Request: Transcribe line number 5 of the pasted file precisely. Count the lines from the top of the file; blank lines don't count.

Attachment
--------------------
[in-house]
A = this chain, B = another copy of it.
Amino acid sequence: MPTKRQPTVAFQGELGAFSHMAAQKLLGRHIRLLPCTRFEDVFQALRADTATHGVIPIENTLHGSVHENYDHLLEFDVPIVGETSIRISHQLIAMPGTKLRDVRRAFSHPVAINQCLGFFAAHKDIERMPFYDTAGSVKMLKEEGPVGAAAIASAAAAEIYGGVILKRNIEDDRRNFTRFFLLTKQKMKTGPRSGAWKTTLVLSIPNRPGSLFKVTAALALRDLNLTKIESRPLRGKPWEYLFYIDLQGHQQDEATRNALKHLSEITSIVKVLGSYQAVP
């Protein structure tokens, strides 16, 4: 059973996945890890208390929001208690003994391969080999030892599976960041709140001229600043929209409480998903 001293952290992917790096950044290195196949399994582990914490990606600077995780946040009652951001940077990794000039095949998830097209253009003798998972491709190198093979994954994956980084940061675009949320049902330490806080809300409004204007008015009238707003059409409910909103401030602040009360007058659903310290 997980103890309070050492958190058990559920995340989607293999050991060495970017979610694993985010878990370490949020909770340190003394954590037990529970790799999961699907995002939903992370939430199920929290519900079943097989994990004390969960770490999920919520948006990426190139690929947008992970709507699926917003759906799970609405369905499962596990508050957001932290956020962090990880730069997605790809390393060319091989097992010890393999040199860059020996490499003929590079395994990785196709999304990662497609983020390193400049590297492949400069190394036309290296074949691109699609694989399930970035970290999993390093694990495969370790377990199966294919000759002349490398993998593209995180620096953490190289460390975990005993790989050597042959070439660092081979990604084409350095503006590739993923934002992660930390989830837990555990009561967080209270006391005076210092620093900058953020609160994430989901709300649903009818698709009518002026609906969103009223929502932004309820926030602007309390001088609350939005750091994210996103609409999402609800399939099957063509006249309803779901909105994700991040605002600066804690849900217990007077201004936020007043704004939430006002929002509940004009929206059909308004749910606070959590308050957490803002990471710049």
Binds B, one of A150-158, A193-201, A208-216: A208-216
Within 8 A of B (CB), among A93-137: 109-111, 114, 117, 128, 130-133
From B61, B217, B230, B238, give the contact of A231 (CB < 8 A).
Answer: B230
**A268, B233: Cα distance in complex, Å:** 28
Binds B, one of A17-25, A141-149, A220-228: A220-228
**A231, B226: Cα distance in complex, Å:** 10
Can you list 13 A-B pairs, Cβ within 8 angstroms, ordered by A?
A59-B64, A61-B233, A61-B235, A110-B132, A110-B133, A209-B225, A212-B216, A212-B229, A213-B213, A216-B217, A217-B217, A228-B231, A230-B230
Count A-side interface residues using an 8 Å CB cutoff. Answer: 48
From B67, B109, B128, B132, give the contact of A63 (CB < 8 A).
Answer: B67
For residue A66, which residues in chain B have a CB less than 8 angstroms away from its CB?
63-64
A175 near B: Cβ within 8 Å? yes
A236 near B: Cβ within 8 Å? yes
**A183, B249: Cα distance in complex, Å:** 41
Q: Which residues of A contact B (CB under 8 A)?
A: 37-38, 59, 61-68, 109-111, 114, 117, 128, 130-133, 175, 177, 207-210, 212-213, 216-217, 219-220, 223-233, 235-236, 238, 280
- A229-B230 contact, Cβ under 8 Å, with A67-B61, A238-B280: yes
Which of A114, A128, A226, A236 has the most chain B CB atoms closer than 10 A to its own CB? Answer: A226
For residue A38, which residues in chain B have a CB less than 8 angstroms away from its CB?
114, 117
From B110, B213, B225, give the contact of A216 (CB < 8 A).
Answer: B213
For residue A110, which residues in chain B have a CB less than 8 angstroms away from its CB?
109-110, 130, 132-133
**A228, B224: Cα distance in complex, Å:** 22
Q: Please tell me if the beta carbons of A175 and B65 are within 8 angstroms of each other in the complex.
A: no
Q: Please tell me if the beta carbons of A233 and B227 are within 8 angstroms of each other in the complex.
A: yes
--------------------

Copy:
Binds B, one of A150-158, A193-201, A208-216: A208-216